While New Voices legislation being introduced in Texas earlier in March, it wasn’t assigned to a legislative committee until last week. In a March 20 Facebook post, the New Voices of Texas page asked for stories of censorship students and advisers have faced in the Longhorn State to motivate state legislators to move the bill forward.
The SPLC spoke with Rachel Dearinger, who teaches photojournalism, broadcast and is the publications adviser at Mansfield Legacy High School about two instances of censorship she faced in her years of teaching in Texas.
The Q&A has been briefly edited for brevity and clarity.
Burleson High School (2005-06)
“It was school policy that if you were pregnant, you went to the alternative high school. There was one student in particular who opted, or wanted to stay at the high school because she was in AP classes. They covered her, and how not just that she was pregnant, but that she stayed at the high school and went to these classes.
Her life wasn’t over because she had a child. She obviously had great family support, and they encouraged her to stay. They did a story on that in the yearbook and had pictures of the kid in different situations. And obviously the student was still a student, but she was also a parent.
That particular principal, I had to give him every yearbook spread for approval. We had many conversations about how I did not like that, and he would come back and copy edit [the spreads] and all these things, and I was like ‘that’s not really your job.’
Sometimes kids need to make a mistake in order to know not to do it again. It’s not that I wasn’t appreciative of him copy editing, but that definitely wasn’t the reason. Anyway, he got that stack of deadlines and said ‘absolutely not, you can’t publish this story.’ There was nothing not factual in it – we talked to the parents, we talked to the girl who was pregnant, we took pictures of her and her child so obviously the parents were involved with the whole thing.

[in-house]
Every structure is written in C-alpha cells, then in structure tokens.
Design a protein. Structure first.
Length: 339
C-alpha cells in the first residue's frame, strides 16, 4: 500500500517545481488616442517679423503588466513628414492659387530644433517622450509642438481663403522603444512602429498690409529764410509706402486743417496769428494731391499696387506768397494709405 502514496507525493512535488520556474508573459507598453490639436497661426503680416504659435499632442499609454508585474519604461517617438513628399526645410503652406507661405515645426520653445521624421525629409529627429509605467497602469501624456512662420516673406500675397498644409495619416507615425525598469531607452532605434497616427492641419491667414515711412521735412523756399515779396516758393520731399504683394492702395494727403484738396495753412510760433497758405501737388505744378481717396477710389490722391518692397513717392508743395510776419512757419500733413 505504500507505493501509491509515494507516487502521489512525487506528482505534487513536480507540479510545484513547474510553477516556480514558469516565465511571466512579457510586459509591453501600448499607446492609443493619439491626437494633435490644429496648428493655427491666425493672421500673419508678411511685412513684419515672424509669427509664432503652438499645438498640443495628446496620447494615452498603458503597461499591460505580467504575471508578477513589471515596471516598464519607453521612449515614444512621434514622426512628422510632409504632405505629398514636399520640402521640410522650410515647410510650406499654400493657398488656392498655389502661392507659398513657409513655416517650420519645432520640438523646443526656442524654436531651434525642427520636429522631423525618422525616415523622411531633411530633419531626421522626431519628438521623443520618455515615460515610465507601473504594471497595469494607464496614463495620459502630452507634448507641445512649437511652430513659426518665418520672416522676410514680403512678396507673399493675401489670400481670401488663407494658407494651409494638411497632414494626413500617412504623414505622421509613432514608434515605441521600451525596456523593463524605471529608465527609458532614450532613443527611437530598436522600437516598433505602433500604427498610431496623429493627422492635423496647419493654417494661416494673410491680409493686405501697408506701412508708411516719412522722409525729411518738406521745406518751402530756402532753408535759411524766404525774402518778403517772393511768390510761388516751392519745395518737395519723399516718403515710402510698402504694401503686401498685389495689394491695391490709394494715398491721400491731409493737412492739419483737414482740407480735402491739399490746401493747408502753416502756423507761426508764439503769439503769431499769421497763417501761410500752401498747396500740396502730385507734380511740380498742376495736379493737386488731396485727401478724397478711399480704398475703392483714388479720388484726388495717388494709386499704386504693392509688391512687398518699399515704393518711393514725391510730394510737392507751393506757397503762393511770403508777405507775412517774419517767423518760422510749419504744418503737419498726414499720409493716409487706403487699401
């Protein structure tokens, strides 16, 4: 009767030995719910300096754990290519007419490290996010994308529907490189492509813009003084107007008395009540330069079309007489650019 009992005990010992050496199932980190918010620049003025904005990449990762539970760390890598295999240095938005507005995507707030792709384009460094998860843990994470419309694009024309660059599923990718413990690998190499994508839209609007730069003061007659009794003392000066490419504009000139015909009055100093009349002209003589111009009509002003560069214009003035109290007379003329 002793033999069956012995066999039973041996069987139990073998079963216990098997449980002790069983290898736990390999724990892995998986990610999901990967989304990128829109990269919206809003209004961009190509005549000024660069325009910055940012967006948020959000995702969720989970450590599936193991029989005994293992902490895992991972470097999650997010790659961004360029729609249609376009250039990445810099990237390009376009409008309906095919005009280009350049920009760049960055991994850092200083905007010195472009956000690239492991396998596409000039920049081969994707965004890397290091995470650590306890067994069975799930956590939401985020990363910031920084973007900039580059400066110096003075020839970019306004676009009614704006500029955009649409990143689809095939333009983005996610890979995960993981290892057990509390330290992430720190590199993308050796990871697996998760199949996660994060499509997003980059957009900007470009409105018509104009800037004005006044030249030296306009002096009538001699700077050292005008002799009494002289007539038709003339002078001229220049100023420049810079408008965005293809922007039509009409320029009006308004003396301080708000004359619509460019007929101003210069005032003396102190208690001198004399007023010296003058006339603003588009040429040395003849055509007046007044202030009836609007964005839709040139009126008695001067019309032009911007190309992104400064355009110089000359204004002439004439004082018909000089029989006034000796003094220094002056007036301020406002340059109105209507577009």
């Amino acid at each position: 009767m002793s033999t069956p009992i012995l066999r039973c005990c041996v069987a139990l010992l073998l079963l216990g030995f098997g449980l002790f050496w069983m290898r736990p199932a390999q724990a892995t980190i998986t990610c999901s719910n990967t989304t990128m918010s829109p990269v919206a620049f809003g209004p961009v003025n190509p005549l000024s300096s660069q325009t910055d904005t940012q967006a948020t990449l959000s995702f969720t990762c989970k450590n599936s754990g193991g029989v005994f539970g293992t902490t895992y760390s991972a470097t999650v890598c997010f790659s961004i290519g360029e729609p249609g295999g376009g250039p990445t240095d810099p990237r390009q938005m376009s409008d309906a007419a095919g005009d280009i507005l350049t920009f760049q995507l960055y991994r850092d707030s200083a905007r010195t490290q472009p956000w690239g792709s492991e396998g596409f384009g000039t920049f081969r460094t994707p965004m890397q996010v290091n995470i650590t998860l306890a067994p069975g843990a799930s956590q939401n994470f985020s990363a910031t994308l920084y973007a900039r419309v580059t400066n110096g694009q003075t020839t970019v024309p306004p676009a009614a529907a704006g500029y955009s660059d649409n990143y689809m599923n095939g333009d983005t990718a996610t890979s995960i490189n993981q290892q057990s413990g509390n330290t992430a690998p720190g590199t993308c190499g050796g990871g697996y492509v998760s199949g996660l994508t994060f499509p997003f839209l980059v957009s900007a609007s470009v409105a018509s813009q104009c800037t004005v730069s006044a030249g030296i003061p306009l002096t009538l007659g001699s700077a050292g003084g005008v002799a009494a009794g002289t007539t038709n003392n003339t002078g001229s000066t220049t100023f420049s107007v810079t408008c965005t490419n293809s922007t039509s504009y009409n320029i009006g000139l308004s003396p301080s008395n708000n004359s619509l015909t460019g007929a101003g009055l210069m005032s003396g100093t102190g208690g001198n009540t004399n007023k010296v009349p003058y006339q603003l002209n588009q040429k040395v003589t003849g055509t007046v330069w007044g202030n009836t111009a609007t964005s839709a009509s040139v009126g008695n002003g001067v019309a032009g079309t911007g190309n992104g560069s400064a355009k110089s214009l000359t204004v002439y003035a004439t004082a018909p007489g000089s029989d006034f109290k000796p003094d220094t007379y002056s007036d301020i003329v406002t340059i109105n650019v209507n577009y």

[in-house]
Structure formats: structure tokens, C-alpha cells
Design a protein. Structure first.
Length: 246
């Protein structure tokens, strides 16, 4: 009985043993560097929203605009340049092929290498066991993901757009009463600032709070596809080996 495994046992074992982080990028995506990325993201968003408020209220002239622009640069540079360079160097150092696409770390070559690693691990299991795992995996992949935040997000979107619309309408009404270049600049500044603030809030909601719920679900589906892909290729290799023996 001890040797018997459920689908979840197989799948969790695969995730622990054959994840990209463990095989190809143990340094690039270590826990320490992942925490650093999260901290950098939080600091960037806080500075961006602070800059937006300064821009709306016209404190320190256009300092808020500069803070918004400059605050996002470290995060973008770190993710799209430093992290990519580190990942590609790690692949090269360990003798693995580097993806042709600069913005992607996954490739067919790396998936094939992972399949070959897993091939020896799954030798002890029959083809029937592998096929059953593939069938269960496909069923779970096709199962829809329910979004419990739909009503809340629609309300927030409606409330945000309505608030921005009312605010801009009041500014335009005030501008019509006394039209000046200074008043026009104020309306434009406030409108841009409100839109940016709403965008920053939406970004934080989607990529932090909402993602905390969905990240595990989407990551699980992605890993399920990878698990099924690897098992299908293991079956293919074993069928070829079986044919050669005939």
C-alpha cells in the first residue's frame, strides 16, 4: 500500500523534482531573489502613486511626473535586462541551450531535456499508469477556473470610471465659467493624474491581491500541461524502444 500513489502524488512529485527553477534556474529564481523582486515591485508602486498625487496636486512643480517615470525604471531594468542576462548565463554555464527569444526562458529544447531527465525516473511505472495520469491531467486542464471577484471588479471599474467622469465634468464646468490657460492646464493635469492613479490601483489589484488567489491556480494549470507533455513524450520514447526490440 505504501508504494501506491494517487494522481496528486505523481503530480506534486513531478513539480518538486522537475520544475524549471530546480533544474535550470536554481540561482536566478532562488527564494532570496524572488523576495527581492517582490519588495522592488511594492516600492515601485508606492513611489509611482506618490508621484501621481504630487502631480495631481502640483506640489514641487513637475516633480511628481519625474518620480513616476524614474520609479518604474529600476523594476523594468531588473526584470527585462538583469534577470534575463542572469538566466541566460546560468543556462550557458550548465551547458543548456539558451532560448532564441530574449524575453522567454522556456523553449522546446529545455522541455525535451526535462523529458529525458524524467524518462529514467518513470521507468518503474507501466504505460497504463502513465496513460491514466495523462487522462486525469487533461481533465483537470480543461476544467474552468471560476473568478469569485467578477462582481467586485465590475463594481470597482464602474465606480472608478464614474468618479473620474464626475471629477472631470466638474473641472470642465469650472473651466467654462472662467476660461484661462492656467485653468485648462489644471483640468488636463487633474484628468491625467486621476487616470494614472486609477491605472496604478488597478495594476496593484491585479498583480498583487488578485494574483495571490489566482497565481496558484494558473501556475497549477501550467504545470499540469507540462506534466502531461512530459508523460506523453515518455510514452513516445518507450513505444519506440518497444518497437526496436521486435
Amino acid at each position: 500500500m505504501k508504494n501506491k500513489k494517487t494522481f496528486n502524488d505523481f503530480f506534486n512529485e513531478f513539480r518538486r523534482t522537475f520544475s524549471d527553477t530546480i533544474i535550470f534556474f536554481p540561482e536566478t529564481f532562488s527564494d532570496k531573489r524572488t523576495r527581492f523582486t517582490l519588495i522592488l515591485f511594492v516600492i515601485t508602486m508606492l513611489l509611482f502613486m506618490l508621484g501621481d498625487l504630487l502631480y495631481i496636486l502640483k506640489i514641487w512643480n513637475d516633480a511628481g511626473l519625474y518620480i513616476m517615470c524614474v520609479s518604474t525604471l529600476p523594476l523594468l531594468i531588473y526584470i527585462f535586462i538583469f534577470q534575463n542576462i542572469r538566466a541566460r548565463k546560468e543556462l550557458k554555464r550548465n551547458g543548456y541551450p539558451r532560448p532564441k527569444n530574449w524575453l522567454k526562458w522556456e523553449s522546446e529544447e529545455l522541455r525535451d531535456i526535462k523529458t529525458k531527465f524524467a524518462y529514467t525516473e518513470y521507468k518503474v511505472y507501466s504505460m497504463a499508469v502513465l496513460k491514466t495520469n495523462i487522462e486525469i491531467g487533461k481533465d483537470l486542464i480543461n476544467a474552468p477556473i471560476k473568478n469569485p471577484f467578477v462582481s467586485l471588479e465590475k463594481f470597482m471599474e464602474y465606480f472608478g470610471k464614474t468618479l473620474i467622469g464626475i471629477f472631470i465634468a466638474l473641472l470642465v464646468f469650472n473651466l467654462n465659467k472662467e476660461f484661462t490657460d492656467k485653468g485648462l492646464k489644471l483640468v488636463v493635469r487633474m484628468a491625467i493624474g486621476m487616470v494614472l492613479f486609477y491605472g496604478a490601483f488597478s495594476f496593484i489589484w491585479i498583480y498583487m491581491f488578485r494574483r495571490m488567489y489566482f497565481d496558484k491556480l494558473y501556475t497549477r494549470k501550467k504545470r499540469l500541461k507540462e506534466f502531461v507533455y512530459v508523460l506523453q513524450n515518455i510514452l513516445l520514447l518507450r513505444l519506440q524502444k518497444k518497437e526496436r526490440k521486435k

My editors got pretty upset about that, and I had to sort of step back and say ‘this is a fight I can’t fight for you. If this is something that you’re passionate about, you need to go to the school board and say what happened.’
They printed out the yearbook page and made copies to take so each school board member could have one. I remember the news being there, so the story made the news about how it wasn’t happening. Basically, we pulled it because they weren’t getting the support of the school board either.
During that meeting, the principal came back to me and was very mean and said we already published it by making those copies and distributing it at the school board meeting. What ended up happening is, of course the kids were upset and they thought they would have the support of the school board. When they didn’t, they called the SPLC and had lots of conversations, and the editor just decided she wasn’t going to fight it because she would probably not be done with it to this day.